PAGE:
New Design of the Scintillation Detector
Patents, 22 June 2021
On 19 May 2021, the Joint Institute for Nuclear Research received a patent for a new design of a scintillation detector. By changing the traditional construction, the JINR scientists have achieved high technological efficiency in manufacturing and assembly of detectors. According to the authors, the technical result of this will be an increase in the accuracy of spatial measurements for large detection areas.
The authors of the invention are Sergey Vladimirovich Afanasiev, Andrey Yurievich Boyarintsev, Alexander Olegovich Golunov, Igor Anatolyevich Golutvin, Nikolai Vasilyevich Gorbunov, Boris Viktorovich Grinev, Yuri Vladimirovich Ershov, Alexander Ivanovich Malakhov, Vitaly Anatolyevich Smirnov, Evgeny Viktorovich Sukhov, Valentin Valeryevich Ustinov.
The invention relates to the field of ionizing radiation detection technology using segmented scintillation detector modules (detectors) and can be applied in its various industries:
- in medical technology, in particular, in positron emission tomography, single-photon emission computed tomography, mass spectroscopy, and high-performance liquid chromatography;
- in introscopy systems for remote inspection;
- in high-energy physics, for example, in scintillation detectors for experiments on linear accelerators and colliders.
Currently, scintillation detectors based on single scintillation cells put together into modules are widely used. The modules are assembled from single scintillation cells, usually square-shaped with sides of 20-30 mm and 3-5 mm thick, with a reflective coating applied or wrapped in a reflective material, sequentially element-by-element combined with silicon photodetectors. The technical characteristics of such detectors essentially depend on how the scintillation cells and photodetectors are positioned in the detector, as well as on the characteristics of the light-reflective surfaces around the scintillator. For high-quality packaging of scintillation cells in reflective material (film), robotic packaging equipment similar to that of candy factories is required. To install wrapped cells onto printed circuit boards, robotics is also commonly used. All this is both expensive and can only be implemented for large-scale production.
The inventors decided to change the traditional approach to the scintillation detector design:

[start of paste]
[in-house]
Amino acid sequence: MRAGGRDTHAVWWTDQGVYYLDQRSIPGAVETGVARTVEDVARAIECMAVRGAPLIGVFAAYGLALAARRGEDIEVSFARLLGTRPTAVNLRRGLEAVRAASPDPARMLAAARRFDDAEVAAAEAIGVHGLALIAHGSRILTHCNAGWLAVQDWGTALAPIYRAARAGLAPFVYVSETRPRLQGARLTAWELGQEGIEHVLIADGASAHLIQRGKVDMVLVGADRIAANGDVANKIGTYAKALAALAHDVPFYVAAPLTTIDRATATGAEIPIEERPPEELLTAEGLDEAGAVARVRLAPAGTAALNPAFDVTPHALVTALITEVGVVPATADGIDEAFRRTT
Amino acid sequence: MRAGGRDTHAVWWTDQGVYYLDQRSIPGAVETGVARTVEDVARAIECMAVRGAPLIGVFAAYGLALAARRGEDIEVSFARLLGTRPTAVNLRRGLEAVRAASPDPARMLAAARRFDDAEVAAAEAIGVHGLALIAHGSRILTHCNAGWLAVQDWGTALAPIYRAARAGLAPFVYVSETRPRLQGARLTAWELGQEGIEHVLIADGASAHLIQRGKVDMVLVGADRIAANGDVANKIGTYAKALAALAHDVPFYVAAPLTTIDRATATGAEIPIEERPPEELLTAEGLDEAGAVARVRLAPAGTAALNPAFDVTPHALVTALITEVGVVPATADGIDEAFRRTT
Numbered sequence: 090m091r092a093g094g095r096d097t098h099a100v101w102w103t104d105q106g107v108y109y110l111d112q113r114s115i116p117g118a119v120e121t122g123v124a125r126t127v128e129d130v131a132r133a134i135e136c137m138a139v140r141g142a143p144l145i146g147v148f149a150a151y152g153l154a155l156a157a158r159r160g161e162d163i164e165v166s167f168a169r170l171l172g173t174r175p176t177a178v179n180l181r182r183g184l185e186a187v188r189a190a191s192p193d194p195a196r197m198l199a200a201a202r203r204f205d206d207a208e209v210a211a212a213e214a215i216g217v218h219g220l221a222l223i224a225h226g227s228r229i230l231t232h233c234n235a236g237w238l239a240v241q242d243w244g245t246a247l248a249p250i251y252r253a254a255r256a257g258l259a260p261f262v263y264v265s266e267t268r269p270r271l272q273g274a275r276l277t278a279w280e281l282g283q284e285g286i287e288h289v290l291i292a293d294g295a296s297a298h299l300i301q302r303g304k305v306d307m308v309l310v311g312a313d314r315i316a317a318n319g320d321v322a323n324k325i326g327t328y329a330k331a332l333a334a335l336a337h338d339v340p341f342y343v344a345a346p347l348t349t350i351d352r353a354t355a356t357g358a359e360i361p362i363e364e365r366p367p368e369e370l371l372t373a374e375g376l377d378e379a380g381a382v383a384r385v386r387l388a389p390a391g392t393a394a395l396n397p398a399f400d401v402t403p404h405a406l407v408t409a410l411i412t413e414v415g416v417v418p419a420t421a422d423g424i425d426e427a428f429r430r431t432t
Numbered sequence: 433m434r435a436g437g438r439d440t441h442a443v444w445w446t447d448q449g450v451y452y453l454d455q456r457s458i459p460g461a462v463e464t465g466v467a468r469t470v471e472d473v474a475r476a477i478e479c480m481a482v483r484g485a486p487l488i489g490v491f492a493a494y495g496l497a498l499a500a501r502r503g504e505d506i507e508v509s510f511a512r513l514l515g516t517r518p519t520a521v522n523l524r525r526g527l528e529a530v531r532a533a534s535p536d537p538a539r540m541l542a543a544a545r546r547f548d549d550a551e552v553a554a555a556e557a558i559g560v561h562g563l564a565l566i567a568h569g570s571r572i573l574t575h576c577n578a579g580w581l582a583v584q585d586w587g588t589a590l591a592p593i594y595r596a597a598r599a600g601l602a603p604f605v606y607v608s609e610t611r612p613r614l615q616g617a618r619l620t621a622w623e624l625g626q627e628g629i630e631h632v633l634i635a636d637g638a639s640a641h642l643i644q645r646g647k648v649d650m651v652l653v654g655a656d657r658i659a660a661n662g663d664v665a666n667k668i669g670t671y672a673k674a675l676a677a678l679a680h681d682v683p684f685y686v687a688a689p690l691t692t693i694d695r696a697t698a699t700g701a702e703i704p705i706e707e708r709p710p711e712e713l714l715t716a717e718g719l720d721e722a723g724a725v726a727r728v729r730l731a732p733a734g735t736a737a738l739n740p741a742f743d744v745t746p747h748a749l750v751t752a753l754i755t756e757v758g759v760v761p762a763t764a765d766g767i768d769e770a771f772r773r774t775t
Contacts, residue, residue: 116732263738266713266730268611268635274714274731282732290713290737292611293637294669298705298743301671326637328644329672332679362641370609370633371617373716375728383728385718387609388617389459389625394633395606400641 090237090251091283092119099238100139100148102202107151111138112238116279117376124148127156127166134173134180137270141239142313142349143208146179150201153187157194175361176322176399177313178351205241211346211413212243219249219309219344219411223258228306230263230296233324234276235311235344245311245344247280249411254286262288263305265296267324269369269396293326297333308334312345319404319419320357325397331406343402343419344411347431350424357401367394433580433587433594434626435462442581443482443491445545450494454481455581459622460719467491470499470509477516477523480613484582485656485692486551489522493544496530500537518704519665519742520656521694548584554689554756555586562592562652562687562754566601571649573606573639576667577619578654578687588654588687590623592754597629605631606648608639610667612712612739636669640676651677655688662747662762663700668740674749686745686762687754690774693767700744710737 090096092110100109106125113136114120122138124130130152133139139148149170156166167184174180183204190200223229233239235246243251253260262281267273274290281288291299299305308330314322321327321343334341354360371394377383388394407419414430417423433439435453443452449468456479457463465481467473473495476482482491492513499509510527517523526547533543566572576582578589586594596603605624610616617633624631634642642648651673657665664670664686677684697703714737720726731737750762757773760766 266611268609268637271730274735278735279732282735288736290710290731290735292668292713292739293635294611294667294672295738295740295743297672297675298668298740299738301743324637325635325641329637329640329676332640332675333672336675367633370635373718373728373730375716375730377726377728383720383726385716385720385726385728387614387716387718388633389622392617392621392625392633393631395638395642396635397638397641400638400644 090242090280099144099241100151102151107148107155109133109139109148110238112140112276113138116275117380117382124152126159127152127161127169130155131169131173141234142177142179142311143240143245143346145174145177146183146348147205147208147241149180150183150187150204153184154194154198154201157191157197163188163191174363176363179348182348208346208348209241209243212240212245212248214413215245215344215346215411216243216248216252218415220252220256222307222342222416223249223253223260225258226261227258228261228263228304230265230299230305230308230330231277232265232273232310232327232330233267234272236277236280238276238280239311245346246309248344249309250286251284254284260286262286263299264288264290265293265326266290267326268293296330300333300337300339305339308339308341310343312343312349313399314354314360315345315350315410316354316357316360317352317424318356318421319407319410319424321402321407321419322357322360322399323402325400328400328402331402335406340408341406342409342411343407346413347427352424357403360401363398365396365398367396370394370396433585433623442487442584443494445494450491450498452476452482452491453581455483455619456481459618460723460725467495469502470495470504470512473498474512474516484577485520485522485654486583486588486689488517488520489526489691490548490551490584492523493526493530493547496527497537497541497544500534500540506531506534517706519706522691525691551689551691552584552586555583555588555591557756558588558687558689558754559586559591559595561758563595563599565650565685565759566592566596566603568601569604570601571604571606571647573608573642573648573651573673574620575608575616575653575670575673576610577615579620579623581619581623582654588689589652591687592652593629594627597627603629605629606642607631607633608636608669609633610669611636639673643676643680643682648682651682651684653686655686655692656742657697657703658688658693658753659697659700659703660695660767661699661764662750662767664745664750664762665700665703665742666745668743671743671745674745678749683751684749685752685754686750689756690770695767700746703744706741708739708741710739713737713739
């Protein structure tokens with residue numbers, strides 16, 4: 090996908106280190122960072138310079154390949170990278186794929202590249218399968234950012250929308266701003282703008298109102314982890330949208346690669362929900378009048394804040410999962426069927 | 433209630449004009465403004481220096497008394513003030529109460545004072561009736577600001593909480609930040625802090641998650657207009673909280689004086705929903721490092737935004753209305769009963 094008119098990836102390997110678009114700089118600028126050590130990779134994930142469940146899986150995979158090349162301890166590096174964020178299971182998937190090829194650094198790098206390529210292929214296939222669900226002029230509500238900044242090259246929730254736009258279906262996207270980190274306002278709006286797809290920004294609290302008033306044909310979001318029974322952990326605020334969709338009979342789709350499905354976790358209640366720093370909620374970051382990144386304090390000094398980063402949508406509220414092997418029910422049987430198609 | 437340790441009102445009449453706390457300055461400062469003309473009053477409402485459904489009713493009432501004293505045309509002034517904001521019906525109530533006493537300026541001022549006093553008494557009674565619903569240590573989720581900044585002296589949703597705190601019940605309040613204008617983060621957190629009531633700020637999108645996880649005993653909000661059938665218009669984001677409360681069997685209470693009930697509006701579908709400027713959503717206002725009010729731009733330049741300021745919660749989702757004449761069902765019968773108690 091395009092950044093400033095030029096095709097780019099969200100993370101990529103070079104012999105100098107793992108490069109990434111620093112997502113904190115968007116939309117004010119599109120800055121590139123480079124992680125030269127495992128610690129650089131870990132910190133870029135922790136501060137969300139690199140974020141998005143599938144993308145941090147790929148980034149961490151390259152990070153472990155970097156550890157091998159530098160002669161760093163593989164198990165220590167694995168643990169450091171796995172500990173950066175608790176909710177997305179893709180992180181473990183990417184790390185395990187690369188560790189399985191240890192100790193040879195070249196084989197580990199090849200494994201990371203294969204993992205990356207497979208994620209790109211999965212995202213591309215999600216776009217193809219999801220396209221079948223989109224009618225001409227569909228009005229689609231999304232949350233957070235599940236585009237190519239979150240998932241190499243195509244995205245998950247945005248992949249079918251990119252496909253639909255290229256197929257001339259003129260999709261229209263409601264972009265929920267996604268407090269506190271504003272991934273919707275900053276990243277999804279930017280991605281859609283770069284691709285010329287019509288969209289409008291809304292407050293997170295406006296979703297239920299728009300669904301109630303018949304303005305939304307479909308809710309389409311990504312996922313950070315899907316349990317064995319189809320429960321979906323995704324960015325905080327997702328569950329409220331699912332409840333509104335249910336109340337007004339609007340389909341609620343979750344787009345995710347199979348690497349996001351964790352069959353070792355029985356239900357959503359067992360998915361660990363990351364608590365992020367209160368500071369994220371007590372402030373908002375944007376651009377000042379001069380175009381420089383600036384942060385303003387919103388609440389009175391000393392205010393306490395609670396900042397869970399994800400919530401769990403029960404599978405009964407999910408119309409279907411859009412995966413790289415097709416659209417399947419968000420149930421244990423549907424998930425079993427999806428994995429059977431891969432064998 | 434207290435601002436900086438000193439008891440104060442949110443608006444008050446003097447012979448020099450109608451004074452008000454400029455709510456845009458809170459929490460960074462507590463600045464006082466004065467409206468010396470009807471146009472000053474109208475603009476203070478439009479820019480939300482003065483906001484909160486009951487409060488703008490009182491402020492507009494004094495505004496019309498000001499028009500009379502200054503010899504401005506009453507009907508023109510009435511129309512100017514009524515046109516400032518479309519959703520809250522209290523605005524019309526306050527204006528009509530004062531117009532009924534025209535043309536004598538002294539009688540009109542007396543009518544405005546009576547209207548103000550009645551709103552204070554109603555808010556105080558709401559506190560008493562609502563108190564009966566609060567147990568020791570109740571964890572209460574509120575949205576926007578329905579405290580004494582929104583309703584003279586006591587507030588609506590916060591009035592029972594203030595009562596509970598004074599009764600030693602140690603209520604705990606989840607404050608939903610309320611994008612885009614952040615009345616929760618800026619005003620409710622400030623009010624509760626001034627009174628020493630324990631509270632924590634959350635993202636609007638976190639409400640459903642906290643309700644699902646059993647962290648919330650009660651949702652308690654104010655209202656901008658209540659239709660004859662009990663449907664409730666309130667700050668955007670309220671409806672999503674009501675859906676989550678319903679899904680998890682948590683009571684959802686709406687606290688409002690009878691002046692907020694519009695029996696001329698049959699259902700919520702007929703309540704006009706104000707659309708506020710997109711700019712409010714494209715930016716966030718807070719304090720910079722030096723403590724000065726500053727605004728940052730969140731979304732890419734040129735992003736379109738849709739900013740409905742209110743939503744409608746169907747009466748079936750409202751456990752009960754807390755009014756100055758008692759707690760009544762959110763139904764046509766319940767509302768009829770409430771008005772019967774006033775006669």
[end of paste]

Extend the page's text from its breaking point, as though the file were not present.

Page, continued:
- instead of a set of single cells, a monolithic construction of a scintillation block is used, which has a cellular structure formed with the help of reflective separators along the perimeter of the cells inside the block and lined with reflector sheets on both sides;
- all the accuracy of the relative position of the detector parts is achieved during the manufacture of its components on universal computer numerical control (CNC) machines;
- assembly of the module is reduced to a simple screwing of the component parts.
To collect light, in the detector proposed by the team of authors silicon photodetectors (SiPMs) located on a printed circuit board are used.
The array of single scintillation cells with dimples for collecting light is presented in the form of a monolithic block. The block is made of a solid scintillator sheet. A special technology for manufacturing scintillation blocks has been developed at the Institute of Scintillation Materials (ISMA), Kharkov. It allows one to make cells of any geometric shape by cutting grooves along the perimeter of the cells and then filling them with an epoxy doped reflective material. The reflectors are two separate sheets of ESR reflective material. The reflector for the surface of the block with dimples has holes for the passage of light focused in the dimple in the direction of the photodetectors paired to them. The second reflector is made solid. The scintillation block, the printed circuit board with an array of silicon photodetectors, reflective screens, and the cover of the detector module have base holes for precise alignment of the detector components with fasteners during assembly.
As a result, the authors have created a module that, in addition to the necessary parameters, has high technological efficiency in manufacturing and assembly. At the same time, the manufacturing technology is such that it allows one to easily produce any number of modules, from a few pieces to hundreds and thousands.
The cellular structure of the scintillator module makes it possible to register particles with the creation of an image of interaction in three-dimensional space, and the monolithic structure of the whole construction allows one to achieve the positioning of all detector layers with precision accuracy. In particular, such detectors are promising for spectrometers of the NICA complex. Longitudinal and transverse segmentation of the detectors based on the invention allows efficient separation of neutrons and gamma quanta without degrading the energy and temporal resolution.